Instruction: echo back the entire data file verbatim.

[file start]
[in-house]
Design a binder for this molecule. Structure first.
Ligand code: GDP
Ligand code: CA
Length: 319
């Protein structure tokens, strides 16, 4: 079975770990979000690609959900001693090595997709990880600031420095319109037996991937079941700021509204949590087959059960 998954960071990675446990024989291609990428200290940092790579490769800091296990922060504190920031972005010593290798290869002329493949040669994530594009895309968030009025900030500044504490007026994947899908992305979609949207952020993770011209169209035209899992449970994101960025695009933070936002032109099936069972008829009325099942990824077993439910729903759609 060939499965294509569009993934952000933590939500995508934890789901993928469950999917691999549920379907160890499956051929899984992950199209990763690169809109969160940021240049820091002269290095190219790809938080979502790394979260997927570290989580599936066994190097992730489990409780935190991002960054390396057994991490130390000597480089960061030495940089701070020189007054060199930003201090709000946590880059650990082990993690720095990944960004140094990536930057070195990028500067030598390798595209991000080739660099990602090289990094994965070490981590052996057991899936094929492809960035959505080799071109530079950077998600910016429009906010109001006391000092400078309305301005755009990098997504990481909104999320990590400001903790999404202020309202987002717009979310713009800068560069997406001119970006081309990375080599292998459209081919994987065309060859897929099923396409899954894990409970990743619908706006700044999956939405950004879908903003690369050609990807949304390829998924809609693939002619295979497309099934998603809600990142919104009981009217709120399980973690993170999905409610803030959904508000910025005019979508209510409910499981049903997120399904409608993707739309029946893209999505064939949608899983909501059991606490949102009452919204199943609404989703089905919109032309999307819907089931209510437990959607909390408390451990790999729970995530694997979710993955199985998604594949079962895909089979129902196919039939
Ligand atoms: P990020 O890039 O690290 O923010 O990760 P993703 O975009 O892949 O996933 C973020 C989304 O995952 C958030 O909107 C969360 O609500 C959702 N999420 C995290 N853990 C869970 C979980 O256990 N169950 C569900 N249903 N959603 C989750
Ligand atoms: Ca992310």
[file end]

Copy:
[in-house]
Design a binder for this molecule. Structure first.
Ligand code: GDP
Ligand code: CA
Length: 319
């Protein structure tokens, strides 16, 4: 079975770990979000690609959900001693090595997709990880600031420095319109037996991937079941700021509204949590087959059960 998954960071990675446990024989291609990428200290940092790579490769800091296990922060504190920031972005010593290798290869002329493949040669994530594009895309968030009025900030500044504490007026994947899908992305979609949207952020993770011209169209035209899992449970994101960025695009933070936002032109099936069972008829009325099942990824077993439910729903759609 060939499965294509569009993934952000933590939500995508934890789901993928469950999917691999549920379907160890499956051929899984992950199209990763690169809109969160940021240049820091002269290095190219790809938080979502790394979260997927570290989580599936066994190097992730489990409780935190991002960054390396057994991490130390000597480089960061030495940089701070020189007054060199930003201090709000946590880059650990082990993690720095990944960004140094990536930057070195990028500067030598390798595209991000080739660099990602090289990094994965070490981590052996057991899936094929492809960035959505080799071109530079950077998600910016429009906010109001006391000092400078309305301005755009990098997504990481909104999320990590400001903790999404202020309202987002717009979310713009800068560069997406001119970006081309990375080599292998459209081919994987065309060859897929099923396409899954894990409970990743619908706006700044999956939405950004879908903003690369050609990807949304390829998924809609693939002619295979497309099934998603809600990142919104009981009217709120399980973690993170999905409610803030959904508000910025005019979508209510409910499981049903997120399904409608993707739309029946893209999505064939949608899983909501059991606490949102009452919204199943609404989703089905919109032309999307819907089931209510437990959607909390408390451990790999729970995530694997979710993955199985998604594949079962895909089979129902196919039939
Ligand atoms: P990020 O890039 O690290 O923010 O990760 P993703 O975009 O892949 O996933 C973020 C989304 O995952 C958030 O909107 C969360 O609500 C959702 N999420 C995290 N853990 C869970 C979980 O256990 N169950 C569900 N249903 N959603 C989750
Ligand atoms: Ca992310």